Communications Blog • 4 MIN READ

Skype for Business Success: Not Just One Team's Concern

Dave Bottomley

Written by Dave Bottomley

The problem set within the Microsoft Unified Communications (UC) platform i.e. Skype for Business, is different from that of other vendors. Skype for Business relies heavily on other technologies, from various vendors, to be successful. Skype for Business performance is largely determined by three siloes: server, endpoint and networks. But whose responsibility is the performance of each of these siloes? Who is sensitive to anomalies, outages, service disruptions or issues in these service stacks? Different teams are responsible for the performance of each and some groups stretch across all three siloes.
Here's a breakdown of who is responsible for what and why they care about each silo.

Server Health Stakeholders

Tier 1: First and foremost, the Tier 1 support will hear about anomalies in server health and troubleshoot to their capability to solve any issues.

NOCs: Companies with a NOC (Network Operations Center) will carefully monitor the health and performance of their servers.

UC Admins: IR Prognosis relies on UC Admins to ensure the health of our server software.

Server Admins: Server administrators are responsible for server racks and keeping the hardware and operating systems whole.

Capacity Planners: Many IR customers ask us to interpret the data and tell them whether they are trending positively or negatively, in terms of capacity. Capacity planners are also interested in any anomalies or recurrent issues.

Endpoint Health Stakeholders

Tier 1: Again Tier 1 is going hear firsthand from end users whether they are having a good or poor experience. In many instances this can be down to using non-supported equipment, like headphones.

Desktop Team: The desktop team help to identify what's happening from a softphone or equipment perspective.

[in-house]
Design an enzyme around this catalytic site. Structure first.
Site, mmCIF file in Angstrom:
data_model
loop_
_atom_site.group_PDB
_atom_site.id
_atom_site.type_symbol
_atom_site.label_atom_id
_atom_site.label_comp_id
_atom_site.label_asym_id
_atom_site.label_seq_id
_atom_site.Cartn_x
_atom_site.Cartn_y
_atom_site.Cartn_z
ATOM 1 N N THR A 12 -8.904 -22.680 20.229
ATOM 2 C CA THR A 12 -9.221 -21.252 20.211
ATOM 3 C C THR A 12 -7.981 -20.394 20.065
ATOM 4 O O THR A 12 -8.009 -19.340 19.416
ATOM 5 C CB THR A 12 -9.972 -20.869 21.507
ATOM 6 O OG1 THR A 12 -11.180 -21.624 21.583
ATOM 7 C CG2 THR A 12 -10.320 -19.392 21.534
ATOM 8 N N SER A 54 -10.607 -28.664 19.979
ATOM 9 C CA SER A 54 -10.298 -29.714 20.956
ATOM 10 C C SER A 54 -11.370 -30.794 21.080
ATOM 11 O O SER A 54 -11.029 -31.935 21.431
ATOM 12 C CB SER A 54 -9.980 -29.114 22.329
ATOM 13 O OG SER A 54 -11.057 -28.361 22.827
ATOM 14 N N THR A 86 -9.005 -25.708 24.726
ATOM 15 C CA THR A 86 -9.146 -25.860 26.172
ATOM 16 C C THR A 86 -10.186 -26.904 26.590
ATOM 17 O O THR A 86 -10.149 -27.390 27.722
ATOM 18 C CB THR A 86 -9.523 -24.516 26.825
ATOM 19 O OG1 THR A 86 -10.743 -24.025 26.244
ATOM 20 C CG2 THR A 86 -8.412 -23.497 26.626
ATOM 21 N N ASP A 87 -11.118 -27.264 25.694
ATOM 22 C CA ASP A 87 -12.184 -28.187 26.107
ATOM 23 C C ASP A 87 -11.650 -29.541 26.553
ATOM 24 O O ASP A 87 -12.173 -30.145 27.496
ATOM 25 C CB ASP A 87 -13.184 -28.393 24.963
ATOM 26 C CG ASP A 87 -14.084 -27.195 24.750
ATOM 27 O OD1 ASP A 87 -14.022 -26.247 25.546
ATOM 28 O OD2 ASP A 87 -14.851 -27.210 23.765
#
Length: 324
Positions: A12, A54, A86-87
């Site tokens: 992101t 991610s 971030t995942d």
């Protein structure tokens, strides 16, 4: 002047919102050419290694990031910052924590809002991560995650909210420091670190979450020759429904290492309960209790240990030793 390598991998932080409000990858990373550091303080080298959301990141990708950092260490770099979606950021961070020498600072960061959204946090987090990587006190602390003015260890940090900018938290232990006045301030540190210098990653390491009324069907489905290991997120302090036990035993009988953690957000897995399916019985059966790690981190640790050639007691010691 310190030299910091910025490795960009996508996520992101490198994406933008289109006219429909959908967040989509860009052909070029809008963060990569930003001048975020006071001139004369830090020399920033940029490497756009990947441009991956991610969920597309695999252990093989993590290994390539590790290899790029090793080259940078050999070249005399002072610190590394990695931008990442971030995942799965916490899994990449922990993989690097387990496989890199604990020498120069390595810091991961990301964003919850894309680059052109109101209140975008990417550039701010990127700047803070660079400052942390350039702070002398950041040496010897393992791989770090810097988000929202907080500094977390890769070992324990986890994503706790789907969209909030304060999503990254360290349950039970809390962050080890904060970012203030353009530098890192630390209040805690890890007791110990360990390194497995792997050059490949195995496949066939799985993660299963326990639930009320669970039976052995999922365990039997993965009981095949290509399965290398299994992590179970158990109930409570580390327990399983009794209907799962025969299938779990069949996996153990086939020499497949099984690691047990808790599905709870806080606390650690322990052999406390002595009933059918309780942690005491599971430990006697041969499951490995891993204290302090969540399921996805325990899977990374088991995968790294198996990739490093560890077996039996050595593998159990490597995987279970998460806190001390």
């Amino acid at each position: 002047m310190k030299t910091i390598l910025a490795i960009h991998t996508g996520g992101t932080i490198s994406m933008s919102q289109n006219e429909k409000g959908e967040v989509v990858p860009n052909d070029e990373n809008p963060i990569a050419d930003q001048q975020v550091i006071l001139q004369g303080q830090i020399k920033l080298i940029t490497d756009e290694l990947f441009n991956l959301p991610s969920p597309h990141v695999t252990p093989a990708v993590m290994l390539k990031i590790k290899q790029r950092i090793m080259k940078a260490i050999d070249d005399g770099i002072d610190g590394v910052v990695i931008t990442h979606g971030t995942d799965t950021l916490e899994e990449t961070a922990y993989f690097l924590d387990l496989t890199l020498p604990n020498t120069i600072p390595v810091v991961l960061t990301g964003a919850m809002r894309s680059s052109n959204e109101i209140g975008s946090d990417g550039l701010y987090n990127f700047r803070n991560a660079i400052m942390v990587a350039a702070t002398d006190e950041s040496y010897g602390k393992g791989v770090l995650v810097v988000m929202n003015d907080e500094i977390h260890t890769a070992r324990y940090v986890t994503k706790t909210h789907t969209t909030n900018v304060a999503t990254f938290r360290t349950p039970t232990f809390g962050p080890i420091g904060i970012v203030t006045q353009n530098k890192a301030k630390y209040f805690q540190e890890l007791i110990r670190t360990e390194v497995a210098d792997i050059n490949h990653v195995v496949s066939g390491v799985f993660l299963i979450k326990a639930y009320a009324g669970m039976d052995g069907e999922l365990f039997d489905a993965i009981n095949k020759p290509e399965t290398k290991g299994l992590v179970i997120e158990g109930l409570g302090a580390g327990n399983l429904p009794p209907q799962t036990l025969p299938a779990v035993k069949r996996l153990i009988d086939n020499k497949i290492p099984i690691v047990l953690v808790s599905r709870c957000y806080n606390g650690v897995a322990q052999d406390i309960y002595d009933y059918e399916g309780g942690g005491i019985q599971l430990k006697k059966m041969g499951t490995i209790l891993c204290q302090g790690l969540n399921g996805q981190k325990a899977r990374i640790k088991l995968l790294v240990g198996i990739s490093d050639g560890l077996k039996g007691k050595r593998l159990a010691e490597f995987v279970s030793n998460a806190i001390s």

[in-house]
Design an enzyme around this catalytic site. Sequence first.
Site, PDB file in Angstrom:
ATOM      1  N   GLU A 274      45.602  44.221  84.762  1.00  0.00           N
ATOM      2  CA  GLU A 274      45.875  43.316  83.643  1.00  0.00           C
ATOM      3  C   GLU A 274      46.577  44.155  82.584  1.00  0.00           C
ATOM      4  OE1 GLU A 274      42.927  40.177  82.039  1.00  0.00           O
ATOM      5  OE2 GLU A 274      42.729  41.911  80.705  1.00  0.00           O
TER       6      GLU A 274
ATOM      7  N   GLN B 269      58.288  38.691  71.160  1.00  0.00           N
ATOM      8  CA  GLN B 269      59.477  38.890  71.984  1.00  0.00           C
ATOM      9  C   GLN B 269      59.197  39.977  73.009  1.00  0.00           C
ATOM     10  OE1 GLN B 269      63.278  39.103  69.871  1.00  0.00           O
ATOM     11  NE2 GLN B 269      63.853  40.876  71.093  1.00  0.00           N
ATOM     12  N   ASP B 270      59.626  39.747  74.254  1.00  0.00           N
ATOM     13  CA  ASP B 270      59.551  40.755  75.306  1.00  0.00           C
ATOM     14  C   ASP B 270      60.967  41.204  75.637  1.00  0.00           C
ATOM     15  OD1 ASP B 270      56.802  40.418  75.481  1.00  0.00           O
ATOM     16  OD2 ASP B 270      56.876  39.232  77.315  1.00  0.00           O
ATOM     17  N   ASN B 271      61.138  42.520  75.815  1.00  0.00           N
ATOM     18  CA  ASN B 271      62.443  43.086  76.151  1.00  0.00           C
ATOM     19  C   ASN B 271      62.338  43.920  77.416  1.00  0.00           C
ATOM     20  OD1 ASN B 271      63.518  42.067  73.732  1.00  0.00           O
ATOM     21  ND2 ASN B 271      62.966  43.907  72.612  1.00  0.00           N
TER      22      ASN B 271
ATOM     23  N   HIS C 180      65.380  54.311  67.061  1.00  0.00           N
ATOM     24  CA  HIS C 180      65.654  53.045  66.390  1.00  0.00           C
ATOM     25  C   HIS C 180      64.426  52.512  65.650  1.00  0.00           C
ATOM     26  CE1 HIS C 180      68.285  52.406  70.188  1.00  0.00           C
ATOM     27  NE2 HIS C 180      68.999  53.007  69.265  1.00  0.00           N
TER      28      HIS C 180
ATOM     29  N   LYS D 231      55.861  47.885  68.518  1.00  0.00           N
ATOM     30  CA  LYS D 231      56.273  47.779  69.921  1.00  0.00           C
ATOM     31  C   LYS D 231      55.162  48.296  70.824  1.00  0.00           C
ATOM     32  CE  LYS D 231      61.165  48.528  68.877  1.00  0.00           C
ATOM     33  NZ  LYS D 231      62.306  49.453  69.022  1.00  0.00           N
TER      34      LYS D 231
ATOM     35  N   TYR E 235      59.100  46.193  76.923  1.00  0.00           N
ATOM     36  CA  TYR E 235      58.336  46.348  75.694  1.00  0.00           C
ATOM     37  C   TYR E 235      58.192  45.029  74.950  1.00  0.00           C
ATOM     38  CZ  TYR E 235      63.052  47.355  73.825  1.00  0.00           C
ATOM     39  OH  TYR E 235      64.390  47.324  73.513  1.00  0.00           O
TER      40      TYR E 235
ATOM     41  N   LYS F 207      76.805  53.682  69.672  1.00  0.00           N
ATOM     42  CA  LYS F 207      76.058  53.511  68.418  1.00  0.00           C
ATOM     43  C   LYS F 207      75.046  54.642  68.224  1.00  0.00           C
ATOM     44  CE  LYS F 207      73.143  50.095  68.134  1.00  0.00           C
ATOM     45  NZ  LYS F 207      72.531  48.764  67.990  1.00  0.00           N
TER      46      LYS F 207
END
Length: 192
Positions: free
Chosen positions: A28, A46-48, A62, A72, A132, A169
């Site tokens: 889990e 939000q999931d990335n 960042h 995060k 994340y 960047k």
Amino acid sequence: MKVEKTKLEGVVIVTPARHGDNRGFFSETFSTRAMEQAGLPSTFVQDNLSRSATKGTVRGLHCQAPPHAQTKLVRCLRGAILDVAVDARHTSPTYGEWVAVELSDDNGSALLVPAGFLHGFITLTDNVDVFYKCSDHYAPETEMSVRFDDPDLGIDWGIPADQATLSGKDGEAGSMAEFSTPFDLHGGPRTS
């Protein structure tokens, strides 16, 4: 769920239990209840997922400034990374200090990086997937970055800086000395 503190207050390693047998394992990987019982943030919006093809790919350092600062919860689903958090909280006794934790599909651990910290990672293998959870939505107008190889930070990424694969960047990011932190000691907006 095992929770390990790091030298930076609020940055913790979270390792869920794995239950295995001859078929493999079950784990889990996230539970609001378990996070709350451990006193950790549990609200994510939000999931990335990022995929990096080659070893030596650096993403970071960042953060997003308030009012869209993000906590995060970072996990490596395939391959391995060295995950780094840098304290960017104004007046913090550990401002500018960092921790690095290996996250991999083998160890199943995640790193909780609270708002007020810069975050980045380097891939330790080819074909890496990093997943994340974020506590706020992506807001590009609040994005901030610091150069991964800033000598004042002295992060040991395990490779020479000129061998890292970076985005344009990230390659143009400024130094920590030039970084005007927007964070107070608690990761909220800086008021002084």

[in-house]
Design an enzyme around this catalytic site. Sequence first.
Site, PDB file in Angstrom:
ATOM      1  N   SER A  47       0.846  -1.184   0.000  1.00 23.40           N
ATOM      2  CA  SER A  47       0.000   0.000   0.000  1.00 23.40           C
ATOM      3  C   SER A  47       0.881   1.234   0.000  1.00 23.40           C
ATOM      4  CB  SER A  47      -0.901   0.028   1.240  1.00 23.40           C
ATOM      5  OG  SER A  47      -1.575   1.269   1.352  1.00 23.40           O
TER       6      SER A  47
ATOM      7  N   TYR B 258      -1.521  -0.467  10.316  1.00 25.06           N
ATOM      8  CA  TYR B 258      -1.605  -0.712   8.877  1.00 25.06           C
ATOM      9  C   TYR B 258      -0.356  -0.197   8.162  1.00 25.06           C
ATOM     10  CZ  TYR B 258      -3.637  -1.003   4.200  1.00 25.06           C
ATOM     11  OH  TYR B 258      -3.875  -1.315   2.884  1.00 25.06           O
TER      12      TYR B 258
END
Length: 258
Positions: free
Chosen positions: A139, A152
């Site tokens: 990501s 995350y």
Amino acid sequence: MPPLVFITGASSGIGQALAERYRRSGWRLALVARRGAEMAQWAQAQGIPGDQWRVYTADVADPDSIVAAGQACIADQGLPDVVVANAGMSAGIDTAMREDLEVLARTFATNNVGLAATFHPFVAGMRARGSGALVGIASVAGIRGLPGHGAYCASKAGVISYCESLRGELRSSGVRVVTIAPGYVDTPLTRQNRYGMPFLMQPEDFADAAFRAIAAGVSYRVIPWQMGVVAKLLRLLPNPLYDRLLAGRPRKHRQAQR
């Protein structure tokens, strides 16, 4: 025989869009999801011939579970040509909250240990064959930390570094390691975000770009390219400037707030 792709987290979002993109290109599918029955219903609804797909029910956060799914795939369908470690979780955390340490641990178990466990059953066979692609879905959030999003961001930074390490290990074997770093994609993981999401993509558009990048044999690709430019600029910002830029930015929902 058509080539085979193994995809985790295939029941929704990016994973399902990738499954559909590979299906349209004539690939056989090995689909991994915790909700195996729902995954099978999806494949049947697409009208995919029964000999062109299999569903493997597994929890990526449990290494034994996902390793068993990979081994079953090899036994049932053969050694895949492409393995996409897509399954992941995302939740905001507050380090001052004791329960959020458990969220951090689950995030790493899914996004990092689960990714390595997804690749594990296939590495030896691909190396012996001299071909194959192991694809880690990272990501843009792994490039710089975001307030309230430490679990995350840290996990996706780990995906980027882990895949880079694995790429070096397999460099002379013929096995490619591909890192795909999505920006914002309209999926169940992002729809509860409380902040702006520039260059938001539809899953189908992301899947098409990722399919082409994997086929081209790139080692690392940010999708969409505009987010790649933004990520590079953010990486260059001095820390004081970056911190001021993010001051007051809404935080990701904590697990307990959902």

Red carpet: Next up is what I refer to as the “red carpet.” This group looks after the VIPs in your organization: they are highly specialized, well-attuned support groups focused on managing people with high visibility. And they are some of our loudest critics.

Middle management: Of course, the folks in middle management require visibility and good performance, so they can report upwards about technology investments.

Network Health Stakeholders

Tier 1: Tier 1 cuts across all these siloes because they are going to hear about these issues too.

LAN Admins: Since LAN (local area network) Admins are responsible for each site connectivity they may be a first point of call when network issues arise.

WAN Admins: WAN (wide area network) Admins are called upon when issues are more widespread, for example when the same problems are cropping up across a number of offices in different locations.

Carriers/Telcos: Telcos will be determined to prove their innocence when it comes to network health, they will want to show that everything up to their edge is clean.

Gateway: Those who are responsible for the gateway may also get dragged into network performance disputes. 

If you can wrap your head around these siloes that define the problem set, and be sensitive towards the different internal groups, ensuring they are all optimized and running as intended will be much easier. When all three of these siloes are working solidly there's no real reason why your end users shouldn't be having a great UC experience whether it be voice, app sharing or any of the rest of the modalities. 
For more on how to troubleshoot Skype for Business like a pro, watch this webinar on demand.

Topics: Communications Microsoft - Teams - Skype

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